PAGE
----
Shish kebab

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Şiş kebap with "şehriyeli pilav" (orzo pilaf), onions with sumac, a grilled pepper, a slice of tomato (also grilled) and rucula leaves.

Shish kebab (Azerbaijani: Basdırma kabab; Turkish: şiş kebap) or Seekh kebab (Urdu: سیخ کباب‎) is a dish of skewered and grilled cubes of meat.[1] The word kebab denotes a wide variety of different grilled meat dishes. Shish is the Turkish word for sword or skewer,[2] and kebab (כבבא) is originally an ancient Aramaic word meaning roast meat. It is popular in the whole of Asia. It's similar to a dish called shashlik, which is found in the Caucasus region.[3]

It is generally made of lamb (kuzu şiş)[4] but there are also versions with beef or veal (dana şiş), swordfish (kılıç şiş)[5] and chicken meat (tavuk şiş or şiş tavuk). In Turkey, şiş kebap and the vegetables served with it are grilled separately, normally not on the same skewer.[6]

Seekh kebab[edit]

Seekh kebab

A Pakistani variation prepared with minced meat with spices and grilled on skewers. It is cooked in a Tandoor, and is often served with chutneys or mint sauce. It is often included in tandoori sampler platters, which contain a variety of tandoor cooked dishes. A seekh kebab can also be served in a naan bread much like döner kebab. Seekh kebabs are part of the traditional Pakistani diet.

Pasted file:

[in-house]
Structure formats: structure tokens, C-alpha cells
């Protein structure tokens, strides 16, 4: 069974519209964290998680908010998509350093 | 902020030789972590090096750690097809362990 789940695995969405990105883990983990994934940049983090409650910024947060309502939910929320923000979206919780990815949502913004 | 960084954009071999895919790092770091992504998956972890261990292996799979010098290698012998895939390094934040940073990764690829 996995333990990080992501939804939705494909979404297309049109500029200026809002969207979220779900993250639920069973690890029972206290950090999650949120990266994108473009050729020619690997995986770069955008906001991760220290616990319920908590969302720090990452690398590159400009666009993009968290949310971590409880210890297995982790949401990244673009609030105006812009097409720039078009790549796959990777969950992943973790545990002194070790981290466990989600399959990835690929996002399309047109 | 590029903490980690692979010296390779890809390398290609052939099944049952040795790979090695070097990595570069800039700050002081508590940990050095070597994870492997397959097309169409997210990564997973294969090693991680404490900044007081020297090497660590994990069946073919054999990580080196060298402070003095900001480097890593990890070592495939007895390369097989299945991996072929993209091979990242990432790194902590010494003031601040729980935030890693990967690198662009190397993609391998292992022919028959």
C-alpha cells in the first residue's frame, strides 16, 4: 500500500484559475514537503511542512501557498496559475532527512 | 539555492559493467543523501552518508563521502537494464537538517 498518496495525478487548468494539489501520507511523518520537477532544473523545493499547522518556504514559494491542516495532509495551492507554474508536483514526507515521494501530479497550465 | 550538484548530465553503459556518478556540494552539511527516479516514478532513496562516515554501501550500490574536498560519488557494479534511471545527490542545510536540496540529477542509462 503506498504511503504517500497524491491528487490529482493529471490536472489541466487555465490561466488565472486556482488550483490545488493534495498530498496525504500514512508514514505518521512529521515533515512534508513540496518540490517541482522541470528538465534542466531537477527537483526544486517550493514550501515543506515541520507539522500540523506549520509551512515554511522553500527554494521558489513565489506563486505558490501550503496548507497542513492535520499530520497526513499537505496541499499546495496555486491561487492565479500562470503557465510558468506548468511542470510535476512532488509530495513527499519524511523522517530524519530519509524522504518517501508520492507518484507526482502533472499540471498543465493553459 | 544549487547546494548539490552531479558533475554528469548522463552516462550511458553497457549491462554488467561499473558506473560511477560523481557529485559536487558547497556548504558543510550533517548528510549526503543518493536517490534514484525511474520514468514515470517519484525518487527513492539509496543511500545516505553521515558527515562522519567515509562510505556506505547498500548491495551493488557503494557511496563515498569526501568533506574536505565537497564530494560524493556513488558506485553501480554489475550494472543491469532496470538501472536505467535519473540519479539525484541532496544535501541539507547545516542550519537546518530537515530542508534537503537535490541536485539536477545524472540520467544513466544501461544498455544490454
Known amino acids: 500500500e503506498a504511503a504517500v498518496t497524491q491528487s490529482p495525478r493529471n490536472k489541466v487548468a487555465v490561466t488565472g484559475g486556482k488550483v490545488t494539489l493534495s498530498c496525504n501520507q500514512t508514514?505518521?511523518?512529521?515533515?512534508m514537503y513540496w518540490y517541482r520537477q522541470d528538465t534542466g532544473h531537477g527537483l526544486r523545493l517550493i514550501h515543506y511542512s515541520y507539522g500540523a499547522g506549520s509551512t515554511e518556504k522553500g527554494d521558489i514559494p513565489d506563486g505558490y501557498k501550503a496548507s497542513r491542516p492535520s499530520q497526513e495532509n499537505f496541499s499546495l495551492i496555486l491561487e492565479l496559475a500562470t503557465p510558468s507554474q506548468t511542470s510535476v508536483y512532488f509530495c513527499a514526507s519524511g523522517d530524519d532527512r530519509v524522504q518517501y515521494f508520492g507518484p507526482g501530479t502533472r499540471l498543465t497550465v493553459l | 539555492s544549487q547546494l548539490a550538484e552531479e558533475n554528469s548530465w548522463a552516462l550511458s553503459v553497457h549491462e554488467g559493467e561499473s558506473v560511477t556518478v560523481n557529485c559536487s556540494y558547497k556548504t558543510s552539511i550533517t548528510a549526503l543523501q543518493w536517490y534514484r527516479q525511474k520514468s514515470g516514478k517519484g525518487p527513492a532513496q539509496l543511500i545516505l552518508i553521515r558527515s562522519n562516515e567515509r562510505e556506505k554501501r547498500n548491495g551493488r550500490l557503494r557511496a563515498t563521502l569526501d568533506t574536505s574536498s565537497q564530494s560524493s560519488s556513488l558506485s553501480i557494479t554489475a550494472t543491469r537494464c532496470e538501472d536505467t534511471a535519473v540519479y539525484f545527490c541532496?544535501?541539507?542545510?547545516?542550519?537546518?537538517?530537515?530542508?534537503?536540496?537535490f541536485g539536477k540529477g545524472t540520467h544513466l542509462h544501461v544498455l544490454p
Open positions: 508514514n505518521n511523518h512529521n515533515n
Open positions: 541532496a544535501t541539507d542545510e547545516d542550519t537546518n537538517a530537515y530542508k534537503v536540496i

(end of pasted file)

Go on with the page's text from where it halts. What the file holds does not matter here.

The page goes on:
Variations of shish kebab[edit]

Şiş tavuk
Kuzu şiş (Lamb shish kebab)

See also[edit]

References[edit]

  1. ^ John Ayto (18 October 2012). The Diner's Dictionary: Word Origins of Food and Drink. OUP Oxford. pp. 192–. ISBN 978-0-19-964024-9. 
  2. ^ Gil Marks (17 November 2010). Encyclopedia of Jewish Food. Houghton Mifflin Harcourt. pp. 597–. ISBN 0-544-18631-1. 
  3. ^ Davidson, Allen, "The Oxford Companion to Food", p.442.
  4. ^ Ozcan Ozan (13 December 2013). The Sultan's Kitchen: A Turkish Cookbook. Tuttle Publishing. pp. 146–. ISBN 978-1-4629-0639-0. 
  5. ^ Mimi Sheraton (13 January 2015). 1,000 Foods To Eat Before You Die: A Food Lover's Life List. Workman Publishing Company. pp. 1090–. ISBN 978-0-7611-8306-8. 
  6. ^ Steven Raichlen (28 May 2008). The Barbecue! Bible 10th Anniversary Edition. Workman Publishing Company. pp. 214–. ISBN 978-0-7611-5957-5. 

External links[edit]